“I’m not personally, at this stage, ready to get rid of the 60-vote threshold,” Reid (D-Nev.) told me this morning, referring to the number of votes needed to halt a filibuster. “With the history of the Senate, we have to understand the Senate isn’t and shouldn’t be like the House.” [...]
“The only way we’ll get rid of the filibuster is if it continues to be abused,” he said. “Hopefully, what we’ll do here will stop some of the abuse, but what will happenif the minority continues to abuse the rules is we won’t get rid of the filibuster, but we’ll go to something like what [Sen. Tom] Harkin has pushed, where one vote is at 57, and then another vote is at 55.”
There's little question now that it could have been much stronger, if you can believe Democratic senators who can count. Reid wasn't prepared to pull the trigger. David Waldman has the best explanation of what we got instead:
The standing rules will adopt a new short cut on the motion to proceed, bringing it to an immediate vote if a cloture petition garners the signatures of the Majority and Minority Leaders, plus those of 7 Senators not affiliated with the majority and 7 more not affiliated with the minority, and cloture is then invoked. What does that save? Well, not much. Thirty hours of post-cloture debate, potentially. Though in reality that time is often waived under the current rules. In addition, the rules will now reflect that the three motions necessary to go to conference with the House to settle differences in bill text will be collapsed into one non-divisible motion. That cuts out two opportunities to filibuster right there.And there's the informal agreement that requires senators who want to filibuster come to the floor and say so. That's the kind of handshake agreement that has been so futile in the past, but at least exists now for Reid to point to when, as is inevitable, he needs to justify another rules reform push. Because that will happen, and we'll still be here to fight for it, as will Sens. Jeff Merkley and Tom Udall.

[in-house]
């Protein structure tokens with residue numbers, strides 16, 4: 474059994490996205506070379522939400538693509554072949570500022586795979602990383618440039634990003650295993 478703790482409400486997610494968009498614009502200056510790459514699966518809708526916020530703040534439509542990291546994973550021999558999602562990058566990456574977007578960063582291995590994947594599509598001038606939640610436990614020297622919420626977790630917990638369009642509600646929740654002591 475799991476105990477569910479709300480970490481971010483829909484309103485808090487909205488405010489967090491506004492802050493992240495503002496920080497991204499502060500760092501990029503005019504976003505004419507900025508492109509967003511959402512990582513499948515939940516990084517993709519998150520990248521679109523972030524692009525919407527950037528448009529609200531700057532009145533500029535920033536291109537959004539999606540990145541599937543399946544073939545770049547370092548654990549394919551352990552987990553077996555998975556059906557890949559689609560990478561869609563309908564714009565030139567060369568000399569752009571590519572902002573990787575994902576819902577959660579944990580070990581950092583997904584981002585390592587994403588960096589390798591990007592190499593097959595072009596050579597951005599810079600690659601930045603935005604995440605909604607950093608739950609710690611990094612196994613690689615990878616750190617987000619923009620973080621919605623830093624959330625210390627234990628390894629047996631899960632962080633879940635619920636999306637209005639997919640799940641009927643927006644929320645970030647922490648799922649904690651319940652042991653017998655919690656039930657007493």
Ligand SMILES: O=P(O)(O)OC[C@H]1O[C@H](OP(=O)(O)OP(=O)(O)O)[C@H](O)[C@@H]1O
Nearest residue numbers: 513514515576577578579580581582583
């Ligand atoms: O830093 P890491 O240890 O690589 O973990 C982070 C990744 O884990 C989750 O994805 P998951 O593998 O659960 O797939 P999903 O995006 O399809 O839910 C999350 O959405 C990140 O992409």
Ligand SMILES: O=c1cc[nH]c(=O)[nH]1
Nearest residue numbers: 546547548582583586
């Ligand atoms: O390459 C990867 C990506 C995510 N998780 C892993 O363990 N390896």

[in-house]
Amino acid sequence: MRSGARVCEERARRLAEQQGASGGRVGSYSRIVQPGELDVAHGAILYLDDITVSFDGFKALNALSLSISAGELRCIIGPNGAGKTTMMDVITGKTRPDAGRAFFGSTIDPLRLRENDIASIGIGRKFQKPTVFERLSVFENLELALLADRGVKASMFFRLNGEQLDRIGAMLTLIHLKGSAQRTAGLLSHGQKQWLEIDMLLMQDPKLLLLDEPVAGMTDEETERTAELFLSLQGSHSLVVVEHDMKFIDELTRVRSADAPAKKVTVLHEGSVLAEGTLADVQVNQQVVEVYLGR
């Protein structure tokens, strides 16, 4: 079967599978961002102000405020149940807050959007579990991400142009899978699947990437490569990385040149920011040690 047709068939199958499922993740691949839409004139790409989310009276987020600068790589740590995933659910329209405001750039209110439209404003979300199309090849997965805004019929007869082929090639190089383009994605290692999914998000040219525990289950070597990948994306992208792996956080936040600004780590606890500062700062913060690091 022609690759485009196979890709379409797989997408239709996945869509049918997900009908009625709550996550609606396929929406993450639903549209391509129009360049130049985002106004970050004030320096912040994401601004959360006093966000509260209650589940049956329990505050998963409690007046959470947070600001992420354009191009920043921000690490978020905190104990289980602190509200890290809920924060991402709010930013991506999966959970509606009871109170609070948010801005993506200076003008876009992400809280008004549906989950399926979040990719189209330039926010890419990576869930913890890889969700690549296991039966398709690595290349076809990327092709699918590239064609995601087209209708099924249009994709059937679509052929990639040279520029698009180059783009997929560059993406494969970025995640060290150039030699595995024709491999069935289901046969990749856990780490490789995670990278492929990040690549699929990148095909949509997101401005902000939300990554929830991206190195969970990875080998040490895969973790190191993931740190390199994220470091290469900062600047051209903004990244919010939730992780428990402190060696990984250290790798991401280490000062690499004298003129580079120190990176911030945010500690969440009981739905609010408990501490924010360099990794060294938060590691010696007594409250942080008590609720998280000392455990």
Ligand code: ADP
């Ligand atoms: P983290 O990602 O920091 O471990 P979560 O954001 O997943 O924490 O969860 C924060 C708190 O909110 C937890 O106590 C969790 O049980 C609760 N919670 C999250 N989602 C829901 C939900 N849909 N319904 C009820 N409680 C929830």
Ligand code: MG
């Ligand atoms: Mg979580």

The standing order will, for the next two years, limit debate on motions to proceed to four hours, meaning they can't be filibustered. But in exchange for that, each side is guaranteed the right to offer two amendments apiece, rotating in order and beginning with the minority. In practice, this will likely mean that those amendments will frequently come to the floor under unanimous consent agreements requiring 60 votes to pass. That's the old "painless filibuster," and in that respect, not much will have changed from current practice, except that the chief complaint of Republicans will have been removed.
5:48 PM PT (Hunter): Second vote on filibuster changes (second part of the same package) passes 86-9.